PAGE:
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Paul Thiry and Ray Eckmann: Two unusual men behind an unusual building at 45th and the Ave

You might know it as the American Apparel building—or vacant space

If you’ve ever lived in the University District—or honestly, even if you haven’t—you may know the conspicuous, midcentury-looking building with the floor-to-ceiling glass facade that stands at 45th and University Way. It’s empty right now and serves primarily as a rain shelter for the bus stop right in front of it. It was most recently an American Apparel, and for many years prior, it was a Pier 1. In the 1980s, it spent a long time as a Foot Locker. You don’t need to have lived in the area for decades to notice the building, though: Amid the U District’s largely Neoclassical and Collegiate Gothic buildings, its modern design stands out.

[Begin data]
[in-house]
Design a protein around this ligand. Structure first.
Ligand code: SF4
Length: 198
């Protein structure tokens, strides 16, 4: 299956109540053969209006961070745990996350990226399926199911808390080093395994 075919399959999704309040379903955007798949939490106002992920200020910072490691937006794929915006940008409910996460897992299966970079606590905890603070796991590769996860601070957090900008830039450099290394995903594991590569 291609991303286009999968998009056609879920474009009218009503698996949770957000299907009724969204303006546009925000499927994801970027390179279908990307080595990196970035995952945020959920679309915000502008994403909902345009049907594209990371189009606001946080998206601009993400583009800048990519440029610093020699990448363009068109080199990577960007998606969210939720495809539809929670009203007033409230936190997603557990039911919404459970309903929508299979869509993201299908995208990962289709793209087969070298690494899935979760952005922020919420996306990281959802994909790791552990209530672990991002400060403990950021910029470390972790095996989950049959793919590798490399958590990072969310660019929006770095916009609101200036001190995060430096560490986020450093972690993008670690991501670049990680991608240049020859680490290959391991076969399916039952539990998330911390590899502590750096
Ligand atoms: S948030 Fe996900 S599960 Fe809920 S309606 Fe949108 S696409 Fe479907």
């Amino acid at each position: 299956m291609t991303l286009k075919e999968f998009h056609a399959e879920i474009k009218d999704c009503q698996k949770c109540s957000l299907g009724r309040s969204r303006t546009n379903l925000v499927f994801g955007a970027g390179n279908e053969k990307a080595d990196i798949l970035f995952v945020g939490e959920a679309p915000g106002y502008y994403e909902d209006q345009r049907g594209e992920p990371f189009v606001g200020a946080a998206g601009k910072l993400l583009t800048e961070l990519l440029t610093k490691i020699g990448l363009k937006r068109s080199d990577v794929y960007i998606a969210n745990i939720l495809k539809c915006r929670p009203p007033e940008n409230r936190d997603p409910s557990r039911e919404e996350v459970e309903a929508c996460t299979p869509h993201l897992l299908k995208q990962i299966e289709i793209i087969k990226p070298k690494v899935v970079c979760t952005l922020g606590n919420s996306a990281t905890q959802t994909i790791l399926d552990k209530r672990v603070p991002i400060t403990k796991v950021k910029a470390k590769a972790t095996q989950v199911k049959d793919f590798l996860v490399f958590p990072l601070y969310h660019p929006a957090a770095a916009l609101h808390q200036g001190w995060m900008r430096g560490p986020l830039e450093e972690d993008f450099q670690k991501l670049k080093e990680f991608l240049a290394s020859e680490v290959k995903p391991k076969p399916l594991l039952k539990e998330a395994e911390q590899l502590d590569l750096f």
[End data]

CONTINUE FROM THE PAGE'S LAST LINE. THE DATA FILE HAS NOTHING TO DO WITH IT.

The story of this building begins one hundred years ago, in 1918, when haberdasher Carroll Martin opened a men’s hat store a few doors south of 45th, at 4335 14th Avenue (the street would be known as “14th Avenue” for only one more year before being renamed to University Way in 1919, although it was originally called “Columbus Way” when it was platted in 1891). Four years later, his friend, a fresh University of Washington graduate named Ray Eckmann, joined Carroll as a business partner, at only 22 years old, and the two begin selling menswear in addition to hats.

The building in its present state at 45th and University.

Eckmann, despite his tender age, was already a well-known man-about-town. He’d been a star quarterback at Lincoln High School in Wallingford—he’s still among the top three state football record holders for most points in a single game and all-purpose touchdown in a single game—and he went on to shine just as brightly as a halfback at UW. A three-time letterman and the team captain in his senior year, he was nominated for the national Football Hall of Fame. He also pulled double duty as a track star at UW, and he went on to work as an assistant coach after his graduation in 1922, which he did while working in the clothing biz. In 1936, Eckmann became the university’s athletic director and subsequently its director of student affairs. All of this made him something of a neighborhood celebrity.